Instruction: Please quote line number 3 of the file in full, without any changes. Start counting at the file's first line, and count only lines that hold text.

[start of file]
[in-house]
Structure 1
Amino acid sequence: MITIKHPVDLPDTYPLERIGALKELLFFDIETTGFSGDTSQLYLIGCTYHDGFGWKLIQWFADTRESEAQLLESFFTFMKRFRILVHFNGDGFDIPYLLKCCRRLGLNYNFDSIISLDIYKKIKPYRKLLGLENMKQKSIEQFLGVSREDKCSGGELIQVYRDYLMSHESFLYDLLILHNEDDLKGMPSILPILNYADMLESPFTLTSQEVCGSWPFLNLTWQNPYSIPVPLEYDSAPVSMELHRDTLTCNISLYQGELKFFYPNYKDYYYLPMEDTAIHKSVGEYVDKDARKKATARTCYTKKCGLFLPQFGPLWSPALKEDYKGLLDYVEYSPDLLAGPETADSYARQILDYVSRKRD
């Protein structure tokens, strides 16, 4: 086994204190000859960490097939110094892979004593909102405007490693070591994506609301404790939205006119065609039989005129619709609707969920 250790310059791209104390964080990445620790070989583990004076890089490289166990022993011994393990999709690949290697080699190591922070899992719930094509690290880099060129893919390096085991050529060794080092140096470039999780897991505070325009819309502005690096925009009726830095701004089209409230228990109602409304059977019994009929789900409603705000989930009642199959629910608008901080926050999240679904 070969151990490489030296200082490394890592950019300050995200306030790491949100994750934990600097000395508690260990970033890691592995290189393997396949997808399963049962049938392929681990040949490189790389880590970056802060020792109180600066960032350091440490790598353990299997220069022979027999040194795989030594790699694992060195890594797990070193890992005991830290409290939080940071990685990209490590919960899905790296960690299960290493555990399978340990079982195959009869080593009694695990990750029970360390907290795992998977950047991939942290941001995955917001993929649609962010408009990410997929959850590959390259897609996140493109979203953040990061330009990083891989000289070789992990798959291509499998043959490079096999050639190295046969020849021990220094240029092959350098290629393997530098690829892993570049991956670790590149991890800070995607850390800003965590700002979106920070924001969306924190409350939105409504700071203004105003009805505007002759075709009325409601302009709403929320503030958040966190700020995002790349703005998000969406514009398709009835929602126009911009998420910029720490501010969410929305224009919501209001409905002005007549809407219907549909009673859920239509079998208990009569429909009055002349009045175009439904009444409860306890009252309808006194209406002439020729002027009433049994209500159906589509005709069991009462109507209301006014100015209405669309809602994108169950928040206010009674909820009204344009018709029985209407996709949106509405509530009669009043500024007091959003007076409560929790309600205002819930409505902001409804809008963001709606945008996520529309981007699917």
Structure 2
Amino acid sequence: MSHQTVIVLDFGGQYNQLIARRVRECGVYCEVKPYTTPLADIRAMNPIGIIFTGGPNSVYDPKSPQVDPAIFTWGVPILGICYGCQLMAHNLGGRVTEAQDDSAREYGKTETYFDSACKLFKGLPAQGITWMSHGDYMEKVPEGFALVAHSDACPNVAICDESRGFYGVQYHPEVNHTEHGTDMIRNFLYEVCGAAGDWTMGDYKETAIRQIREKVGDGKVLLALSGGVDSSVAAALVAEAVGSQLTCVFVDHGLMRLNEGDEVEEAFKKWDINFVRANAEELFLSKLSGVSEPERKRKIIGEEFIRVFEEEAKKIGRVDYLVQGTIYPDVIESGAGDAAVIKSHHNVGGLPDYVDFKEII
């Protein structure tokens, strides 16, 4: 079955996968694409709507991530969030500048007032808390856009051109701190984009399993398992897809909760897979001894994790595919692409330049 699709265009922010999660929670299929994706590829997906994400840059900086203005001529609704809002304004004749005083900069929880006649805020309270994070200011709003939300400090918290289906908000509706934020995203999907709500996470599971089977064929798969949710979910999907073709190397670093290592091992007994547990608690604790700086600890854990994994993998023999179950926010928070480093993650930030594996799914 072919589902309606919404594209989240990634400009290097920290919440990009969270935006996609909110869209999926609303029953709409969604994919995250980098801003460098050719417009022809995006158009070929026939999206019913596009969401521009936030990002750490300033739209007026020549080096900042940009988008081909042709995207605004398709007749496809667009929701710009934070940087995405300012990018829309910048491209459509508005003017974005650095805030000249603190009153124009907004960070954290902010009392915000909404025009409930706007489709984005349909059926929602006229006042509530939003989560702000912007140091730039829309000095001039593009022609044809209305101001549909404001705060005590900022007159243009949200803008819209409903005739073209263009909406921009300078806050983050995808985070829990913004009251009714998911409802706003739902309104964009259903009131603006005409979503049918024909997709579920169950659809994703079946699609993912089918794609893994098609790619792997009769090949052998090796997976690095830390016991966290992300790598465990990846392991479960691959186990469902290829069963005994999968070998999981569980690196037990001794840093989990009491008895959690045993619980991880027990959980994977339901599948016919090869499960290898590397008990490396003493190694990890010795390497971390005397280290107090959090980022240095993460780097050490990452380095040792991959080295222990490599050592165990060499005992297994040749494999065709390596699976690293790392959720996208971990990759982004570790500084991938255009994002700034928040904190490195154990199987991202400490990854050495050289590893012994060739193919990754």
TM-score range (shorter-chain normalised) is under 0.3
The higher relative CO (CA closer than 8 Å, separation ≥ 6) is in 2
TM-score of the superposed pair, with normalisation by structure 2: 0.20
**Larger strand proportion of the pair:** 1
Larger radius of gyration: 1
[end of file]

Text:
Amino acid sequence: MITIKHPVDLPDTYPLERIGALKELLFFDIETTGFSGDTSQLYLIGCTYHDGFGWKLIQWFADTRESEAQLLESFFTFMKRFRILVHFNGDGFDIPYLLKCCRRLGLNYNFDSIISLDIYKKIKPYRKLLGLENMKQKSIEQFLGVSREDKCSGGELIQVYRDYLMSHESFLYDLLILHNEDDLKGMPSILPILNYADMLESPFTLTSQEVCGSWPFLNLTWQNPYSIPVPLEYDSAPVSMELHRDTLTCNISLYQGELKFFYPNYKDYYYLPMEDTAIHKSVGEYVDKDARKKATARTCYTKKCGLFLPQFGPLWSPALKEDYKGLLDYVEYSPDLLAGPETADSYARQILDYVSRKRD